By Walter Tsou, M.D.
Philadelphia Inquirer, July 30, 2015
By the early ’60s, America was in the throes of the civil rights movement led by its charismatic leader, Rev. Martin Luther King. Discrimination and Jim Crow laws applied not only to bus rides and dining rooms but also to hospital wings and doctors’ waiting rooms, which often had separate curtains for blacks and whites. As it turned out, separate but equal was a failure not only in education, but in health care, too. Well before we started to measure health disparities, it was well known that minorities suffered far worse health outcomes.
But nothing shook the nation quite like the assassination of John F. Kennedy in 1963. With the overwhelming mandate of completing Kennedy’s unfinished agenda, President Johnson signed the Civil Rights Act in 1964 and the laws creating Medicare and Medicaid in 1965. Led by Wilbur Cohen, who had been the Assistant Secretary of Legislation in the Department of Health, Education and Welfare (HEW) under Kennedy and later Secretary of that department under Johnson, the architects of these laws saw them as a first step toward true national health insurance. To those who created Medicare and Medicaid, national health insurance would not only be a way to end separate but equal in waiting rooms, but also to establish health care as a right of all Americans.
But there was strong opposition by southern legislators as well as many physicians and private insurers. As a result, Congress settled for health insurance only for the elderly (Medicare) and for the very poor who were aged, blind, or disabled (Medicaid). Because Medicare was designed as a companion program to Social Security, 20 million seniors were auto-enrolled in 1965 in one year. (Compare that to the disastrous enrollment problems in October 2014 with the ACA with its complex eligibility rules.)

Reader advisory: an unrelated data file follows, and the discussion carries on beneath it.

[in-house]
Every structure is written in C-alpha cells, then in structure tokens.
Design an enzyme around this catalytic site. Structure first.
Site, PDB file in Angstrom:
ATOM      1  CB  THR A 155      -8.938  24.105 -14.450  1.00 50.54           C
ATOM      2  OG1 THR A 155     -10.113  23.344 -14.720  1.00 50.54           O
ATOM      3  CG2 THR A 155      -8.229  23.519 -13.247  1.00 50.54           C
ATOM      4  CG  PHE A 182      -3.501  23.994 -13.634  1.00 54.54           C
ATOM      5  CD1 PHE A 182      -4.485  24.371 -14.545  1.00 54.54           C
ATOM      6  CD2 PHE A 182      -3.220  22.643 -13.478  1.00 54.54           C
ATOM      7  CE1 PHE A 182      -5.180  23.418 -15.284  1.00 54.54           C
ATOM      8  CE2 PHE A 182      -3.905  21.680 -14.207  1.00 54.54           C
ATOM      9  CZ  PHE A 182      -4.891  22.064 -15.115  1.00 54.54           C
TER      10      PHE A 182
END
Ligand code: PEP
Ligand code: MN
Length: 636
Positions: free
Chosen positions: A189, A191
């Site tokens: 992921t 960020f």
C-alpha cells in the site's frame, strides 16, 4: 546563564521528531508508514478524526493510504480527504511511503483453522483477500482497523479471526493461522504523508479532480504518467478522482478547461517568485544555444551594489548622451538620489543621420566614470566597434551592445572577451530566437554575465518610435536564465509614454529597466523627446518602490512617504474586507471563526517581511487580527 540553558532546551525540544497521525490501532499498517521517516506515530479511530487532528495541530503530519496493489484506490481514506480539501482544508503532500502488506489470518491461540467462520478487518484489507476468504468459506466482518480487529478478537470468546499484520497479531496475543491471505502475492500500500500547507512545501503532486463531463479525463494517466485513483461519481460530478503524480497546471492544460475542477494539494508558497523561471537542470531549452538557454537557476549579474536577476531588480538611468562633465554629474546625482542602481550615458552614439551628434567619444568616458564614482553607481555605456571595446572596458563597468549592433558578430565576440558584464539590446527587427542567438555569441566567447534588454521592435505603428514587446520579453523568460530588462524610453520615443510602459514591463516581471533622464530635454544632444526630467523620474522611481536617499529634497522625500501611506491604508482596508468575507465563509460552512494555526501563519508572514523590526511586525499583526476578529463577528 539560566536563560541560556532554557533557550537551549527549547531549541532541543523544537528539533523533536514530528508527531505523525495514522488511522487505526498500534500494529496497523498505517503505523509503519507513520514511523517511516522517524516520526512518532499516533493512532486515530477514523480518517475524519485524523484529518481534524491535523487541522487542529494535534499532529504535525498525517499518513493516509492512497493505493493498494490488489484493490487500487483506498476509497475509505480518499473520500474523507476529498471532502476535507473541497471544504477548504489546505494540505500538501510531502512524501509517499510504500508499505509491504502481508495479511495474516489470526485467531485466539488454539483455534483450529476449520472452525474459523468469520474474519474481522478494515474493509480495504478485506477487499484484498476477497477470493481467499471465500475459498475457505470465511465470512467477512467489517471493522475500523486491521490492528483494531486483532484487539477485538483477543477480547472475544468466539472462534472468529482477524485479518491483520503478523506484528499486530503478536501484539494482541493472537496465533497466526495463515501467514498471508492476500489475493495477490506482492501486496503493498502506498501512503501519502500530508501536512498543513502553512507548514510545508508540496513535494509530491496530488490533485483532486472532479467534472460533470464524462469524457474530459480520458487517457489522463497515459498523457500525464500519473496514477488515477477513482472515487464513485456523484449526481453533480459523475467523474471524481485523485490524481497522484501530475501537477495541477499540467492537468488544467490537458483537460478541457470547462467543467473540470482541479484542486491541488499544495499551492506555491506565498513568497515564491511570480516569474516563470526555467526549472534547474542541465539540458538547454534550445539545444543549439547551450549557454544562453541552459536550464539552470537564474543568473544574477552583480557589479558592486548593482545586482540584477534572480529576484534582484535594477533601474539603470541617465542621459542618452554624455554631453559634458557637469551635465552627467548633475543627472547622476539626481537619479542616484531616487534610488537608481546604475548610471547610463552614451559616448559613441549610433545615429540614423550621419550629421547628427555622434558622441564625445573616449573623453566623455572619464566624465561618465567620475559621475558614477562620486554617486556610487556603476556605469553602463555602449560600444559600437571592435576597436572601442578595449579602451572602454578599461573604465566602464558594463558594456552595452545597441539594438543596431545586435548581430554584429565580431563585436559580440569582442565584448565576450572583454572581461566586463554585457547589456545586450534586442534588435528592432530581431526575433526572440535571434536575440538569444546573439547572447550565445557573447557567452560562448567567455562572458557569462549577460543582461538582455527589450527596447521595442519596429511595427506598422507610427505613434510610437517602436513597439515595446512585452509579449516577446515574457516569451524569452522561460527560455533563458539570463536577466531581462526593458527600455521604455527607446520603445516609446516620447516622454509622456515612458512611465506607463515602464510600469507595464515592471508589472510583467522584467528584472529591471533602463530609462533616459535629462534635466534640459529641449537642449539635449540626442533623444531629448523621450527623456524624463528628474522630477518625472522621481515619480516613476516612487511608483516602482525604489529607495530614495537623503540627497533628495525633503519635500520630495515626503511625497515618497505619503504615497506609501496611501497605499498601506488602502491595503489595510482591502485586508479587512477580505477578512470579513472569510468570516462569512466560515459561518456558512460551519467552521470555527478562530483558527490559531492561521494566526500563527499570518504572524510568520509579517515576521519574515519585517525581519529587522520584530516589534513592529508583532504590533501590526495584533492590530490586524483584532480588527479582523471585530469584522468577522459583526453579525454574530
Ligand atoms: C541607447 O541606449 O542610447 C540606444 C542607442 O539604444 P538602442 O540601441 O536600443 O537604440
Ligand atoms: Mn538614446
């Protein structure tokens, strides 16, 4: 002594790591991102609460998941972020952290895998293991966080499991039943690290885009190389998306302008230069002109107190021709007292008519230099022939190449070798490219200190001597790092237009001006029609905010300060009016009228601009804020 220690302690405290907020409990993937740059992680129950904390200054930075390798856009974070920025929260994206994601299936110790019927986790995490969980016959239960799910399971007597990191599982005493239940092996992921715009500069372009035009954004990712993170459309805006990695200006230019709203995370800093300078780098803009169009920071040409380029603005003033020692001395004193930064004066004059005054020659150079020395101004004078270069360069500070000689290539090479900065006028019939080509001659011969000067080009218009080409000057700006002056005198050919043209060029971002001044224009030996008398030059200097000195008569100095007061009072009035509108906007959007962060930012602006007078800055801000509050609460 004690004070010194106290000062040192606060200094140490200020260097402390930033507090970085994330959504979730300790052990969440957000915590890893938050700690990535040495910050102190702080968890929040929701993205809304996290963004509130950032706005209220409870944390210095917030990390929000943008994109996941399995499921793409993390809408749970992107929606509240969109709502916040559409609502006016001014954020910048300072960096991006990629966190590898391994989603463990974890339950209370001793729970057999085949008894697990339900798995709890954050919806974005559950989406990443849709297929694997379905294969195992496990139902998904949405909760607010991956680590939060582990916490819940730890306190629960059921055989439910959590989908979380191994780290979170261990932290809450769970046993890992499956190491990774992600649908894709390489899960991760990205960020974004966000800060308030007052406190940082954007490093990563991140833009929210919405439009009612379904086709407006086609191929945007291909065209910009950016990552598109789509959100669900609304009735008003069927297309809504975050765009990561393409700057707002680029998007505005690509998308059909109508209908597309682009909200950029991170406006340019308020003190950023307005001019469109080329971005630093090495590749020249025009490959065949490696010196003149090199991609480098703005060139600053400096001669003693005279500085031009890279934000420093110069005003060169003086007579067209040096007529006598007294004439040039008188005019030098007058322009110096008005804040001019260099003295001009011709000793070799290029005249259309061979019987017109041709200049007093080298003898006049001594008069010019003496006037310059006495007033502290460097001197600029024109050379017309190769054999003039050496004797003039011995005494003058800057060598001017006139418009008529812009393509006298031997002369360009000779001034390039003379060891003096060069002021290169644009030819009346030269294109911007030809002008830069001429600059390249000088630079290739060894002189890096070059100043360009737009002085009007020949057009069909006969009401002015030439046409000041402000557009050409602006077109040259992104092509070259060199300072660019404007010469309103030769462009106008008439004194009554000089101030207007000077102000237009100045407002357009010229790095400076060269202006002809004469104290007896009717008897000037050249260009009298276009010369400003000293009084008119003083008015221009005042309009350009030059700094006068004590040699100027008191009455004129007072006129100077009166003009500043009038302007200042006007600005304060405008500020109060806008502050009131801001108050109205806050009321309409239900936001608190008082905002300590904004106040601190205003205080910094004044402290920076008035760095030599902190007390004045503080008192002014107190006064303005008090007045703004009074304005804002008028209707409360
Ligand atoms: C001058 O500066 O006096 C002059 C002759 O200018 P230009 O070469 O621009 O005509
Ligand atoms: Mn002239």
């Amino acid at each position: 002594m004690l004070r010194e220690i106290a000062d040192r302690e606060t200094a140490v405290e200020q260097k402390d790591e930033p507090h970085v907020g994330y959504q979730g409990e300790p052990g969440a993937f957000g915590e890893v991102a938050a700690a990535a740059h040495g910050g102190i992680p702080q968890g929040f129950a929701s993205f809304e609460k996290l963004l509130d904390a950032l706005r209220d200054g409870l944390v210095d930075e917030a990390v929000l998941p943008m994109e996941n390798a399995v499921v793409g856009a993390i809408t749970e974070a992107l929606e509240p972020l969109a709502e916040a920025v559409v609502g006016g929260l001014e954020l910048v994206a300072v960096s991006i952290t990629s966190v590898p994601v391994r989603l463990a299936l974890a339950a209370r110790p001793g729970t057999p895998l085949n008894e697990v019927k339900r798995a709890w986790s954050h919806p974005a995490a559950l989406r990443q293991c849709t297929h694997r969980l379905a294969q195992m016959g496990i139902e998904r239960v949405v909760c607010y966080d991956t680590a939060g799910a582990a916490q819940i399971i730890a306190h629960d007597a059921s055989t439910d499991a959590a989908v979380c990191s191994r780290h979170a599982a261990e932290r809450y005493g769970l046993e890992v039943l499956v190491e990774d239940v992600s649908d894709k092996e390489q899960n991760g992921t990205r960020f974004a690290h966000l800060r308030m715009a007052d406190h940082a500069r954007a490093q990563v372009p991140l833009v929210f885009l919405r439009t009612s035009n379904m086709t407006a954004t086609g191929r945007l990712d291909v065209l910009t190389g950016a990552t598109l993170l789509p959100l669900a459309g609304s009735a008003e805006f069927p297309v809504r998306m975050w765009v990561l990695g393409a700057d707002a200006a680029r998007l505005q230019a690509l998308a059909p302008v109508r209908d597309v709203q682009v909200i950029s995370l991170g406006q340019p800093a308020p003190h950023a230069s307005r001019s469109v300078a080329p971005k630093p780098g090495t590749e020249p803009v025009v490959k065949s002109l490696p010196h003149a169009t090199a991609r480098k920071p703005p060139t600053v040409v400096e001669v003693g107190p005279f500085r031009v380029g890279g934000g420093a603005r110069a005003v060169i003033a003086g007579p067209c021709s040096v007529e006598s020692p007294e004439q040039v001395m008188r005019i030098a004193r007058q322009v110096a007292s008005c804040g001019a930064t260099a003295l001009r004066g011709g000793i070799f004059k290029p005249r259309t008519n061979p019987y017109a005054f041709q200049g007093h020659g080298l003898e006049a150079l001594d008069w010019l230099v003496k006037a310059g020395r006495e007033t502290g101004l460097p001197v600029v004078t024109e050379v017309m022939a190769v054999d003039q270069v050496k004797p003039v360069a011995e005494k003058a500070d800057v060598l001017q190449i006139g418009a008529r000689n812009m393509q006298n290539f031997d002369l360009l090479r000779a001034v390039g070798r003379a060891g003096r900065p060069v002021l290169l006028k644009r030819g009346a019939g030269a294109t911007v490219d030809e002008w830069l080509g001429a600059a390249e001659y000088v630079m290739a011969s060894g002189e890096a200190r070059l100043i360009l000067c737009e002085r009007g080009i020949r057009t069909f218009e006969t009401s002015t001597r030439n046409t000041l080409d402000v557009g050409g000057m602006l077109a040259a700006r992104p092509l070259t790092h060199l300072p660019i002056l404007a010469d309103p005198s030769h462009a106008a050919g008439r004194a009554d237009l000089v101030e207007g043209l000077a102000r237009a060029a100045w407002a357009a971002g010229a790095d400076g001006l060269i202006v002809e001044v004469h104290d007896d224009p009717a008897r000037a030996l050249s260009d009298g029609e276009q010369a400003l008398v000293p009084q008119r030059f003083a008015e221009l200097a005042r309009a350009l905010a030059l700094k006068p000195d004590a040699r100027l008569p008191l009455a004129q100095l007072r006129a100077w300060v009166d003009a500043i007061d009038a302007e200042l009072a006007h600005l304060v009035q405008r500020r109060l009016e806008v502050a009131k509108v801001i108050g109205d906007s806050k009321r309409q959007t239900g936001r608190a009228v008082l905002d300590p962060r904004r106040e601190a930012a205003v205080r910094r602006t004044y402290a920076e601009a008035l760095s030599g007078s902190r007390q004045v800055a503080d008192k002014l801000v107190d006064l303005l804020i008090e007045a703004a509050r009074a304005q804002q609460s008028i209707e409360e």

Fifty years later, Medicare and Medicaid have proven themselves as the most successful health programs in American history. They have given hundreds of millions of Americans access to care and have allowed tens of millions of them to avoid bankruptcy due to medical debt. Equally important, Medicare ended physical separation by race in doctors’ waiting rooms in most of the South, although much provider racial discrimination still persists.
Unfortunately, the failure to enact true national health insurance for everyone has led to our current patchwork health care financing system that is unimaginably complex, bureaucratic, and inefficient. The system continues to base access to health care on employment, income, and disease category, which indirectly reflect race. Even today, the black infant mortality rate in the United States overall, as well as in Philadelphia, is more than twice the rate for whites.
Money wasted determining eligibility for coverage could be used to cover everyone. The amount of money wasted on administration in the United States is more than 40% higher per capita than in any other country in the world. It is more than enough to fully fund our schools, build bridges, and address other public priorities.
Wilbur Cohen, while defeated in his goal of achieving national health insurance for everyone, said that he believed in the “salami” approach — getting one slice at a time until there were enough of the pieces together to cover everyone. Fifty years later, it is time to make his dream a reality.
Dr. Walter Tsou is former Commissioner of the Department of Public Health for the City of Philadelphia and past president of the American Public Health Association. He is currently Adjunct Professor of Family and Community Health at the University of Pennsylvania.